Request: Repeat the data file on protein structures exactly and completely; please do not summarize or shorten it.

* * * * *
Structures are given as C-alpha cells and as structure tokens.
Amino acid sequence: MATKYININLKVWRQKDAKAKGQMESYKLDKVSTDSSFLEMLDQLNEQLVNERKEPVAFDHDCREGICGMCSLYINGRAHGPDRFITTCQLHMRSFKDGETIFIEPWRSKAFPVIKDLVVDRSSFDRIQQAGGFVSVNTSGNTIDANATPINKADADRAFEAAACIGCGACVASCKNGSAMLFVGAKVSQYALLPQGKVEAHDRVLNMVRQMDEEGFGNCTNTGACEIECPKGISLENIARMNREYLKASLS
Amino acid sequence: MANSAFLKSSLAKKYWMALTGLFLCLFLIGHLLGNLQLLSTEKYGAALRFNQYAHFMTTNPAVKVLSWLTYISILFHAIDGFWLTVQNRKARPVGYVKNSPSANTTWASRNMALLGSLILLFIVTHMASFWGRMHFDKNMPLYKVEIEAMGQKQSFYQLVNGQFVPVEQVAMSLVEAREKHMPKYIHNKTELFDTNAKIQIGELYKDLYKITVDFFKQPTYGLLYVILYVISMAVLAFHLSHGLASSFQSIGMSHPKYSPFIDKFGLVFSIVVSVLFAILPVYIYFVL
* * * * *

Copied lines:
Structures are given as C-alpha cells and as structure tokens.
Amino acid sequence: MATKYININLKVWRQKDAKAKGQMESYKLDKVSTDSSFLEMLDQLNEQLVNERKEPVAFDHDCREGICGMCSLYINGRAHGPDRFITTCQLHMRSFKDGETIFIEPWRSKAFPVIKDLVVDRSSFDRIQQAGGFVSVNTSGNTIDANATPINKADADRAFEAAACIGCGACVASCKNGSAMLFVGAKVSQYALLPQGKVEAHDRVLNMVRQMDEEGFGNCTNTGACEIECPKGISLENIARMNREYLKASLS
Amino acid sequence: MANSAFLKSSLAKKYWMALTGLFLCLFLIGHLLGNLQLLSTEKYGAALRFNQYAHFMTTNPAVKVLSWLTYISILFHAIDGFWLTVQNRKARPVGYVKNSPSANTTWASRNMALLGSLILLFIVTHMASFWGRMHFDKNMPLYKVEIEAMGQKQSFYQLVNGQFVPVEQVAMSLVEAREKHMPKYIHNKTELFDTNAKIQIGELYKDLYKITVDFFKQPTYGLLYVILYVISMAVLAFHLSHGLASSFQSIGMSHPKYSPFIDKFGLVFSIVVSVLFAILPVYIYFVL